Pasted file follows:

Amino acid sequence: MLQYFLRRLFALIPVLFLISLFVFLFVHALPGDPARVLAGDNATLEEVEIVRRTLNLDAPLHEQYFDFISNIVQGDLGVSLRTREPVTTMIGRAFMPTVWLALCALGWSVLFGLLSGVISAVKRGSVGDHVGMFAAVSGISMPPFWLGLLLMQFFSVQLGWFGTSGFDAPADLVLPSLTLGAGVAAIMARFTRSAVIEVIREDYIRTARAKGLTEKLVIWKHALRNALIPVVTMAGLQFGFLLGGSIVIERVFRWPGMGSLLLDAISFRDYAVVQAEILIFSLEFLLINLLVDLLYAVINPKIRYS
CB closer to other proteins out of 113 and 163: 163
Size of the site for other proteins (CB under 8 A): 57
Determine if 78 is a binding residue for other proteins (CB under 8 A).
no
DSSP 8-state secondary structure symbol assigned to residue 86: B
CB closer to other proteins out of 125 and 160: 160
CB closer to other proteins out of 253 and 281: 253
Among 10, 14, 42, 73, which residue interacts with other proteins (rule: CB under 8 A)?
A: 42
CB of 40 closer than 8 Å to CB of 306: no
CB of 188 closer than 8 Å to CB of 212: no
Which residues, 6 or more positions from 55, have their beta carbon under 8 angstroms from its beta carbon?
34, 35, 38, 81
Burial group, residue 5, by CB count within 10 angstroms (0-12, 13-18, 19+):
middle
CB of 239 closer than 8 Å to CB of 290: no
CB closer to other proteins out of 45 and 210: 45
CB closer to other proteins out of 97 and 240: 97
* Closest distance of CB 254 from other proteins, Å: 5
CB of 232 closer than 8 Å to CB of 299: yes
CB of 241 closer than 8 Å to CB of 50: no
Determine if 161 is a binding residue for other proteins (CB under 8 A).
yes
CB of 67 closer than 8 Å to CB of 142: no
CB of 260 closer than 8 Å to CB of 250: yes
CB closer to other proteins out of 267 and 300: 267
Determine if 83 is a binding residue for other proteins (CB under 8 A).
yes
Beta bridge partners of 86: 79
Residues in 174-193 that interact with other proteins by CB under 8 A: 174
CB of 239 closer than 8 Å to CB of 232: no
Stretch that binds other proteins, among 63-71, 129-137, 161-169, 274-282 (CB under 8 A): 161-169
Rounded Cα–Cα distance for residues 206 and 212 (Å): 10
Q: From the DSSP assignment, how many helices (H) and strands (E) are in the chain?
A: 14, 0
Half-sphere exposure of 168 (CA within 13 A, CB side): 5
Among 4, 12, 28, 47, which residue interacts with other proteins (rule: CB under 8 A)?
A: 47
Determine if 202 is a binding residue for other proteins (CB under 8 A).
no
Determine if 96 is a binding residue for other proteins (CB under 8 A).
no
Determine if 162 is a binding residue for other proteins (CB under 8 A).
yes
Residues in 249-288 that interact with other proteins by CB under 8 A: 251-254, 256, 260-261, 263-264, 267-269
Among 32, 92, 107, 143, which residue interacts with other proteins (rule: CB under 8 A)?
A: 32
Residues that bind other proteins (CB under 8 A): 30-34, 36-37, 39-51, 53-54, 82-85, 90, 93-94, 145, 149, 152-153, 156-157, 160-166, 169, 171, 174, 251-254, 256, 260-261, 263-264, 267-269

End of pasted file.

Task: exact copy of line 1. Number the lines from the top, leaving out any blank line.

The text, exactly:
Amino acid sequence: MLQYFLRRLFALIPVLFLISLFVFLFVHALPGDPARVLAGDNATLEEVEIVRRTLNLDAPLHEQYFDFISNIVQGDLGVSLRTREPVTTMIGRAFMPTVWLALCALGWSVLFGLLSGVISAVKRGSVGDHVGMFAAVSGISMPPFWLGLLLMQFFSVQLGWFGTSGFDAPADLVLPSLTLGAGVAAIMARFTRSAVIEVIREDYIRTARAKGLTEKLVIWKHALRNALIPVVTMAGLQFGFLLGGSIVIERVFRWPGMGSLLLDAISFRDYAVVQAEILIFSLEFLLINLLVDLLYAVINPKIRYS